To understand the nature of supernovae and neutron star (NS) formation, as well as binary stellar evolution and their interactions, it is important to probe the distribution of NS masses. Until now, all double NS (DNS) systems have been measured as having a mass ratio close to unity (q â‰¥ 0.91). Here, we report the measurement of the individual masses of the 4.07-day binary pulsar J0453+1559 from measurements of the rate of advance of periastron and Shapiro delay: the mass of the pulsar is Mp = 1.559 Ã¯Â¿Â½ 0.005 Mo and that of its companion is Mo; q = 0.75. If this companion is also an NS, as indicated by the orbital eccentricity of the system (e = 0.11), then its mass is the smallest precisely measured for any such object. The pulsar has a spin period of 45.7 ms and a spin period derivative of = (1.8616Ã¯Â¿Â½0.0007)Ã¯Â¿Â½10-19 s s-1; from these, we derive a characteristic age of âˆ¼ 4.1Ã¯Â¿Â½109 years and a magnetic field of âˆ¼ 2.9Ã¯Â¿Â½109 G, i.e., this pulsar was mildly recycled by the accretion of matter from the progenitor of the companion star. This suggests that it was formed with (very approximately) its current mass. Thus, NSs form with a wide range of masses, which is important for understanding their formation in supernovae. It is also important for the search for gravitational waves released during an NS-NS merger: it is now evident that we should not assume that all DNS systems are symmetric.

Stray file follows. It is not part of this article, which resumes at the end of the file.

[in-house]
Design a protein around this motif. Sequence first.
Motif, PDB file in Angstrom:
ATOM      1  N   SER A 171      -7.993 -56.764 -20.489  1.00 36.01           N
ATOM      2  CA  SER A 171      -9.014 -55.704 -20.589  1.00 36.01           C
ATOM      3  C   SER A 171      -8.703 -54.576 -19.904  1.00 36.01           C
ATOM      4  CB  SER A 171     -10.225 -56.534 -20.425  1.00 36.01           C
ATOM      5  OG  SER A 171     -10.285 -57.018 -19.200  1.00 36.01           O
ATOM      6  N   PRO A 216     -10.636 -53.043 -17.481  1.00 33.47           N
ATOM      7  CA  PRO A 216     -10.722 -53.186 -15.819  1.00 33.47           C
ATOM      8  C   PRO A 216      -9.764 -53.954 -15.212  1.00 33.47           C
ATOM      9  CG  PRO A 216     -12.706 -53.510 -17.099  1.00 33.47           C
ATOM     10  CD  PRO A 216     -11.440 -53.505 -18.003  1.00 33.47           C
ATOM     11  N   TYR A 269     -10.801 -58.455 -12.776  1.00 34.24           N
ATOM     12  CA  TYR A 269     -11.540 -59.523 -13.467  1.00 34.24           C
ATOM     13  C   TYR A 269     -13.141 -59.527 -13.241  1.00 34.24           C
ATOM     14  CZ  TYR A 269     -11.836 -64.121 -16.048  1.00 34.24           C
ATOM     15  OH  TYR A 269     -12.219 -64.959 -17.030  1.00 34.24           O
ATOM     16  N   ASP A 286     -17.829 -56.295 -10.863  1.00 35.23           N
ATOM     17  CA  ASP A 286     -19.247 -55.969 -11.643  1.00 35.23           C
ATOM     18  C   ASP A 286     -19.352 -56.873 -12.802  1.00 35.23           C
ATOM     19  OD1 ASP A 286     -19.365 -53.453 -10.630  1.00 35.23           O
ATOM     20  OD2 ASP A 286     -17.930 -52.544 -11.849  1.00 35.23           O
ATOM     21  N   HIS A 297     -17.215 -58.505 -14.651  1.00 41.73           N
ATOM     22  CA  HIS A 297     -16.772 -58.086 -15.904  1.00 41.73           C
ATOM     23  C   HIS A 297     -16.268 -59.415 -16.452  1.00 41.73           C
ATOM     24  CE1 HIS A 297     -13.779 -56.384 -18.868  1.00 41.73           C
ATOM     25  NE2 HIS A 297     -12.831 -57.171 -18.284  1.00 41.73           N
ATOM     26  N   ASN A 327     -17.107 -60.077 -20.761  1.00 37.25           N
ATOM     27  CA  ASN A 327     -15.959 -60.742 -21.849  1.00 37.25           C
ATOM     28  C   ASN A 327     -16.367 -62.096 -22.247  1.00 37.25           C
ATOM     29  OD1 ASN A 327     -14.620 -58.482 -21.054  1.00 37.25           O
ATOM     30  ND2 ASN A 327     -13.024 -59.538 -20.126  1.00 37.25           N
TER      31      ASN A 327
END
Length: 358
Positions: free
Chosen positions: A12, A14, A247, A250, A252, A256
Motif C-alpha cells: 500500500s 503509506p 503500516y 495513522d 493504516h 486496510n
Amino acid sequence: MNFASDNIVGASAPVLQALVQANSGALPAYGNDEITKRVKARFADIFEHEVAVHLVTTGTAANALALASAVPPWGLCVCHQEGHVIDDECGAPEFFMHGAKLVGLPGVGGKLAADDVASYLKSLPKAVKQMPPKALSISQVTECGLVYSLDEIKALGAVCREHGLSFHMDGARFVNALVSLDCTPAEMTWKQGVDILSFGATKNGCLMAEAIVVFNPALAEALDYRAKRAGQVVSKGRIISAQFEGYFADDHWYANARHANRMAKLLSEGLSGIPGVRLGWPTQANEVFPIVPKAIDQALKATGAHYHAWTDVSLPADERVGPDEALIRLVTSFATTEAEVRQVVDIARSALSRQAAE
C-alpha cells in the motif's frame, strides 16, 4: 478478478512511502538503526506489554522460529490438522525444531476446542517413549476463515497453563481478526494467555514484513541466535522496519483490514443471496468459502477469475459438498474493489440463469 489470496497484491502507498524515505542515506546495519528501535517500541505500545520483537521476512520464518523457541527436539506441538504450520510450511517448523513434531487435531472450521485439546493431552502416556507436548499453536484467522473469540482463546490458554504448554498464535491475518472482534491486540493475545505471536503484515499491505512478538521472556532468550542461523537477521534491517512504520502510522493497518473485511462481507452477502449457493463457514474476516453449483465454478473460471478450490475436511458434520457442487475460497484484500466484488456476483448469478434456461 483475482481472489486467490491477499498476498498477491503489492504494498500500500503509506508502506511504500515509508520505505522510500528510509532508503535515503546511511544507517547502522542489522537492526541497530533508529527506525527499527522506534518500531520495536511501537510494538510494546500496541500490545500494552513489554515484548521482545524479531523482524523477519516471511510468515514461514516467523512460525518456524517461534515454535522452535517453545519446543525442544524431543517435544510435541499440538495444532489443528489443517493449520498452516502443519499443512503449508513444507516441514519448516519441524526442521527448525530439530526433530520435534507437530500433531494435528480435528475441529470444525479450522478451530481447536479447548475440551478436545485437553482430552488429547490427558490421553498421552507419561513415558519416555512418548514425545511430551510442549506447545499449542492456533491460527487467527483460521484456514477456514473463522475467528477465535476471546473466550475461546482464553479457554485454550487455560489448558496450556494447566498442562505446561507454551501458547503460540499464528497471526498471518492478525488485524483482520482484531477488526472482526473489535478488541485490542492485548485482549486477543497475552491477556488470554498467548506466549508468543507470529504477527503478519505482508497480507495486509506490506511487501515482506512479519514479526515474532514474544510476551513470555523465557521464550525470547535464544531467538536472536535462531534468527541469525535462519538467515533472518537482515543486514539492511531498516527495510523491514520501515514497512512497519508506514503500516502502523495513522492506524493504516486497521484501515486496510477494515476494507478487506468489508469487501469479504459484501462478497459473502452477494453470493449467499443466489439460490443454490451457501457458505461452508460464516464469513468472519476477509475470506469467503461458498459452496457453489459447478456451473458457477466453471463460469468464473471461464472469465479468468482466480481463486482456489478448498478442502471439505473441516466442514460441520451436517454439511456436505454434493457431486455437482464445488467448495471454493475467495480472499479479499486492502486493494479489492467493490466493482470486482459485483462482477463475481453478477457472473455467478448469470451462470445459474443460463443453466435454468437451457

J. G. Martinez, et. al., (2015) PULSAR J0453+1559: A DOUBLE NEUTRON STAR SYSTEM with A LARGE MASS ASYMMETRY.Astrophysical Journal812:2. DOI: http://doi.org/10.1088/0004-637X/812/2/143